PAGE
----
Monitoring in the spotlight

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Thursday, June 19, 2008
So, for those loyal readers out there who were likely missing my posts last week, I was off partying at Bonnaroo in Tennessee. That's right, I drove from Portland, Maine to Manchester, Tennessee despite current gas prices just so I could hang out with thousands of people under the blazing Tennessee sun. The music was great, the people watching even better. I was seriously 50 yards from Eddie Vedder of Pearl Jam under the clear night sky and a nearly full moon. It was an amazing moment. Funny though, I'll be heading back to Tennessee, this time to Nashville for the ESX show, but for that trip my expenses will be on the company card, so hopefully I won't be sleeping in a tent and paying $10 for a 15-minute cold shower (I mean, really). Anyway, it's back to work and our August edition is all about central stations and the monitoring industry. So, as the monitoring maven, it's my responsibility to get all you folks to contribute our Source Book listing which will be a resource for dealers and integrators to find providers of contract monitoring services. And, it's free. Yup, that's right. If you're a contract or third-party monitoring station, follow the link to fill out a survey so you can be included: Central Station Survey link The deadline is June 26, so no procrastination.

Is this exhibit for you?

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Wednesday, June 18, 2008
Are your summer travels taking you to Washington DC? Do you like modern architecture and cool furniture? And most important, do you like to do security-related stuff while on vacation? If you answered yes to ALL these questions--or just the first two, I have just the activity to add to your itinerary. It's a new Eero Saarinen exhibit showing now through the end of August at the National Building Museum in Washington, D.C. Saarinen designed some classic modern furniture such as the womb chair, but this show is focused on his architecture. Here are some fun examples of that: the TWA terminal at JFK (does it say flight to you?) and the St. Louis arc, the "gateway to the West." Here's the security-related part: the global sponsor of this exhibit is Assa Abloy. I like any company that supports the arts like this, so I'll include the promotional blurb that Assa Abloy sent me: "Like Saarinen we too believe in utilizing the newest technologies, materials and aesthetics available in our products to enhance the safety, security and the “living” experience for the people who inhabit buildings. We believe that all of a building’s parts, including the door opening, contribute to this bigger experience especially as seen in technology and access control." And here's the National Building Museum's Web site with more information.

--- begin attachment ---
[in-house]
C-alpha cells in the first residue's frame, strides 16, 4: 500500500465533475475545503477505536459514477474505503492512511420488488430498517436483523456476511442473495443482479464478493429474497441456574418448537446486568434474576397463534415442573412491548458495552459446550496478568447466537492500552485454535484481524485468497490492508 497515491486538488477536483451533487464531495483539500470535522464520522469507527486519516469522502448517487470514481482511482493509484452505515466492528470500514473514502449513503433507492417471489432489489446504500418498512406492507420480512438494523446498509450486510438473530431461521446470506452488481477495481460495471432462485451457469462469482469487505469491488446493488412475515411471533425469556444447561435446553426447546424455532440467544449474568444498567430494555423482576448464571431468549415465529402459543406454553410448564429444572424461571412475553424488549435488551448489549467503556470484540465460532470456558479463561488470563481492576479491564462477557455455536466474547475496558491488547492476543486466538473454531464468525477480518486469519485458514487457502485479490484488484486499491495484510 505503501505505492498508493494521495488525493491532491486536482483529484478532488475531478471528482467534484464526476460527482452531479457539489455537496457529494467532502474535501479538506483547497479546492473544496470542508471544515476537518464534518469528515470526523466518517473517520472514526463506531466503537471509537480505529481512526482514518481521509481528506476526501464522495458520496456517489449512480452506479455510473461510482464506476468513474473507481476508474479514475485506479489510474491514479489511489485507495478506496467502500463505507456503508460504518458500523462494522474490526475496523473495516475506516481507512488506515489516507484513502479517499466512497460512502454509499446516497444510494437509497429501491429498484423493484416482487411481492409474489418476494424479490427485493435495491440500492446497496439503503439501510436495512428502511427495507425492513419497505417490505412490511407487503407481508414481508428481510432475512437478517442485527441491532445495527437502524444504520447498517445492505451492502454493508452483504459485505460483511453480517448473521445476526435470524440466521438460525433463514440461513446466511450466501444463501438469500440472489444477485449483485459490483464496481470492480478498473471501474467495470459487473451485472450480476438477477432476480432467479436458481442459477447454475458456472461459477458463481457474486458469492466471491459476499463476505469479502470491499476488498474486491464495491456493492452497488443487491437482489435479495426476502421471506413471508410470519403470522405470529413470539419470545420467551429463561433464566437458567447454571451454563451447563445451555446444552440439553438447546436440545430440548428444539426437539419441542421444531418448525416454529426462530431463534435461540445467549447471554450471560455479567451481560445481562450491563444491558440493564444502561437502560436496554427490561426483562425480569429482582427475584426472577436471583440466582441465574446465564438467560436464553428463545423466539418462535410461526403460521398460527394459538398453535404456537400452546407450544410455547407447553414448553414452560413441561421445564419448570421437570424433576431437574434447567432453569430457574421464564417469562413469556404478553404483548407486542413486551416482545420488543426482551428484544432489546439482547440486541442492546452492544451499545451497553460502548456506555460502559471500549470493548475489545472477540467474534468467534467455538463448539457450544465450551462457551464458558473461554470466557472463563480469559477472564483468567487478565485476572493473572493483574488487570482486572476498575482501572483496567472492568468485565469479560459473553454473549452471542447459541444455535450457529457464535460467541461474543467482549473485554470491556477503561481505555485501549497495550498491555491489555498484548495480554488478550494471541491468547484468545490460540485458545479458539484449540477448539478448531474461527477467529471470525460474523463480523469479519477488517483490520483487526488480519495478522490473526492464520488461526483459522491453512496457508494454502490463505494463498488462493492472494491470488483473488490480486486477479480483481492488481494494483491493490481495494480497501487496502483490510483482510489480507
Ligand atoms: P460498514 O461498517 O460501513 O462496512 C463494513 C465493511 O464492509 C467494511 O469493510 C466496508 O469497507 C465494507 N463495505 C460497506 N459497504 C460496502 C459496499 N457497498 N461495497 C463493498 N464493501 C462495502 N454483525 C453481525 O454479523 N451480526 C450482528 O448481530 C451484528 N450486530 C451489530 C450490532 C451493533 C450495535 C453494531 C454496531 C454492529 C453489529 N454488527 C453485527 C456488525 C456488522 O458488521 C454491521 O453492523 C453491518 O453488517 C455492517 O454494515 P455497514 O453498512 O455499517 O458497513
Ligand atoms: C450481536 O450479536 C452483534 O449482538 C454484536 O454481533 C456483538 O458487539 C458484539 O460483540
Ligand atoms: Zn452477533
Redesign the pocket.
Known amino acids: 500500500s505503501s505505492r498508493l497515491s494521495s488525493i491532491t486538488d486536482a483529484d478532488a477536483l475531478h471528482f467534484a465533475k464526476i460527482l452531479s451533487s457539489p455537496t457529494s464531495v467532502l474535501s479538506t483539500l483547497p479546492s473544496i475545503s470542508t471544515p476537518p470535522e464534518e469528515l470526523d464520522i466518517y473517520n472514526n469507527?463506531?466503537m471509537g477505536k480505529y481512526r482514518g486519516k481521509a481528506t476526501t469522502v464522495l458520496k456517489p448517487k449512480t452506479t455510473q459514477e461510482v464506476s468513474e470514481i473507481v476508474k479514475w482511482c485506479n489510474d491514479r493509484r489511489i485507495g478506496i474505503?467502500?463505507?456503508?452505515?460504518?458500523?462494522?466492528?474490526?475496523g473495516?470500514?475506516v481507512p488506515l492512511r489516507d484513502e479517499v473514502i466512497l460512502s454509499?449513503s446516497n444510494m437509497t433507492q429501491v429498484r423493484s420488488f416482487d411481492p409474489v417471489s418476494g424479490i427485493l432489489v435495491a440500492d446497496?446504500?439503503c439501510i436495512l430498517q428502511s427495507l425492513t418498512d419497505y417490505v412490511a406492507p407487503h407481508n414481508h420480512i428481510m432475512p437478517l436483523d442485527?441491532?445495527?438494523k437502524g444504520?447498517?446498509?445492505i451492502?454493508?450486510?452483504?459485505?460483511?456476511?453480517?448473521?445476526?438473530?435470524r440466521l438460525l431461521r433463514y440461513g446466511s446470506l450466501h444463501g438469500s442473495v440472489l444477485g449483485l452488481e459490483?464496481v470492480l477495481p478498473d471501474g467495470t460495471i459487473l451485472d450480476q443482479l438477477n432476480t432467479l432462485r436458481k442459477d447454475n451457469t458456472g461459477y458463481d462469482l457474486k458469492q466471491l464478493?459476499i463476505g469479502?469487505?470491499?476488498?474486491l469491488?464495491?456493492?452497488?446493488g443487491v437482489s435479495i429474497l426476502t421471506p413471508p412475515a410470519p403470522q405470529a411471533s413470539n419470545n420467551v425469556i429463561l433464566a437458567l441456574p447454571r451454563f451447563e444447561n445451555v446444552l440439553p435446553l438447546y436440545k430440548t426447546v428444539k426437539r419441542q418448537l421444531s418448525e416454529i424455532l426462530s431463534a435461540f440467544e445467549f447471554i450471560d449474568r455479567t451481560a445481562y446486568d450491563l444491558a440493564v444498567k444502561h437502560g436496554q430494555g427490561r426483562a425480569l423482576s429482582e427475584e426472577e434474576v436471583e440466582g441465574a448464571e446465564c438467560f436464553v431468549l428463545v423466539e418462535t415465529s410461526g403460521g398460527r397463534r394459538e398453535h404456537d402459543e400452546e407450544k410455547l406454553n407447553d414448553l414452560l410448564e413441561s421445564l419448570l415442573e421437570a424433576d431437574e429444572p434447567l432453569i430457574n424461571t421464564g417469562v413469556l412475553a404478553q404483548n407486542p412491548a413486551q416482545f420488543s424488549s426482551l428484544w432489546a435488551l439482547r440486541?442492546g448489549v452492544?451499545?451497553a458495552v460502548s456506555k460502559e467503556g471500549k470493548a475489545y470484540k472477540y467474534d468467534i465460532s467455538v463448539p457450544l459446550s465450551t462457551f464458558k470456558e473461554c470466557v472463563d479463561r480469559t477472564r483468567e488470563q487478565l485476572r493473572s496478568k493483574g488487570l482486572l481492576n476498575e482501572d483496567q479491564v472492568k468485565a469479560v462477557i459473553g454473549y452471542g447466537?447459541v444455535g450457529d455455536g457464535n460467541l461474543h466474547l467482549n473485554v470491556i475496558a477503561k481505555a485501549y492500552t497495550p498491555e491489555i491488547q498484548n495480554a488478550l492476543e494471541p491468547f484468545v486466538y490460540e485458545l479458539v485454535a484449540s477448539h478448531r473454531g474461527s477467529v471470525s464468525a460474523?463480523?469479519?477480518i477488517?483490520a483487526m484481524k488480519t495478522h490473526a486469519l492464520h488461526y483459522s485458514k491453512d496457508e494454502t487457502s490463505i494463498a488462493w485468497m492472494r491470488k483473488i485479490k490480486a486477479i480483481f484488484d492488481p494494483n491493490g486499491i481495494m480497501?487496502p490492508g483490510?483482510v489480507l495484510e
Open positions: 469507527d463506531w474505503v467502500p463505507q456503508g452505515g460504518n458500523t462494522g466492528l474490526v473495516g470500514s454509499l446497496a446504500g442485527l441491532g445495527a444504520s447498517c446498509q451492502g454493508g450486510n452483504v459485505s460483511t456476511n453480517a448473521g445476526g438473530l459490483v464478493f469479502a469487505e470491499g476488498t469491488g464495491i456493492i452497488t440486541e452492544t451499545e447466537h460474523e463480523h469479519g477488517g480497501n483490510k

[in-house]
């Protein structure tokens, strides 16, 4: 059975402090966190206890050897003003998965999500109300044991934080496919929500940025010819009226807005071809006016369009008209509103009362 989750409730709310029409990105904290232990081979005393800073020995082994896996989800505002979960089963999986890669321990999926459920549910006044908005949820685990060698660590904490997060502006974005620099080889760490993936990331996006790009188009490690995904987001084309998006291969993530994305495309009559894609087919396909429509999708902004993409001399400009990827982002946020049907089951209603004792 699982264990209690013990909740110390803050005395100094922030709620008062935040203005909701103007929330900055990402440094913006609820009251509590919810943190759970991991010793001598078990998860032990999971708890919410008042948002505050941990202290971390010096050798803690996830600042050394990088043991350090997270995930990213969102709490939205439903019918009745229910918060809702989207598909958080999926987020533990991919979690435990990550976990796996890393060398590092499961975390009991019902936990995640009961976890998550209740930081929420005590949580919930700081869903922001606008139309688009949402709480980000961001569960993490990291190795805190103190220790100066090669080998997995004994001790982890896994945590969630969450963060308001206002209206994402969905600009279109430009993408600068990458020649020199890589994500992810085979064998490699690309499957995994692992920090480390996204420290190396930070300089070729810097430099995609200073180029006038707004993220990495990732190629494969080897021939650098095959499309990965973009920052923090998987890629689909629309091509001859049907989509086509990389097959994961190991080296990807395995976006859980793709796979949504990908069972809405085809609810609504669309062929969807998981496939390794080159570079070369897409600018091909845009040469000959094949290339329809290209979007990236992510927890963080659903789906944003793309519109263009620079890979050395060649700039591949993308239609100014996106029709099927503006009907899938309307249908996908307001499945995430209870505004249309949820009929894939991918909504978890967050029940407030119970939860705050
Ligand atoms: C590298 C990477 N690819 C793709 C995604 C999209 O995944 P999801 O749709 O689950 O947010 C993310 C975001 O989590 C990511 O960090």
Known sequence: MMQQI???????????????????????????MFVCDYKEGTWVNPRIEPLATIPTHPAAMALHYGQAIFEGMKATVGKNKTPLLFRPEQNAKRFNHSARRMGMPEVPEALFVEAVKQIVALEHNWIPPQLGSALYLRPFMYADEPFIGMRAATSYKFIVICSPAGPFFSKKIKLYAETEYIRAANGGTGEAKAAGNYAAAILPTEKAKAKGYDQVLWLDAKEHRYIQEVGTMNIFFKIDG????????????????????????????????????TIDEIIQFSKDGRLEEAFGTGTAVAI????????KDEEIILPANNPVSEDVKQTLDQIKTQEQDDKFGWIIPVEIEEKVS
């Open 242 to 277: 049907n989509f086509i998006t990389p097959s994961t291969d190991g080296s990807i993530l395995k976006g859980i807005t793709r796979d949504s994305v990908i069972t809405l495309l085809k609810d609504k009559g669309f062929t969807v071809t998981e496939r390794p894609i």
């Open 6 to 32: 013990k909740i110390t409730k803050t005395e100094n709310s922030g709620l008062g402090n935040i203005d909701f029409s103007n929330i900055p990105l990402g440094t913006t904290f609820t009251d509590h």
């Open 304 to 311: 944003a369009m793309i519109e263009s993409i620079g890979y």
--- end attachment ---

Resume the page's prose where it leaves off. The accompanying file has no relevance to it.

Sex and security systems

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Wednesday, June 18, 2008
LaserShield's massive marketing campaign hit daytime television audiences recently when it was featured on The View as one of several products promoted by Dr. Gadget (you know, that slightly crazed, high energy product promotion guy). Here's the YouTube link: Other than the star power of Dr. Gadget, I'm sure the ratings for that particular episode was fairly high as Sarah Jessica Parker was the featured guest and the Sex and the City movie was hot! So now stay-at-home moms, retired folks and Sarah Jessica Parker fans all over the country will be wanting a LaserShield system. Or that's the hope anyway. And, in typical daytime talk show fashion, everyone in the audience went home with a LaserShield system, too. LaserShield is all over the place lately. I heard an advertisement on XM Radio a few weeks ago and I'm sure they're using all sorts of other advertising channels, too. You don't typically hear about security in your day-to-day activities, but then again, LaserShield isn't exactly typical.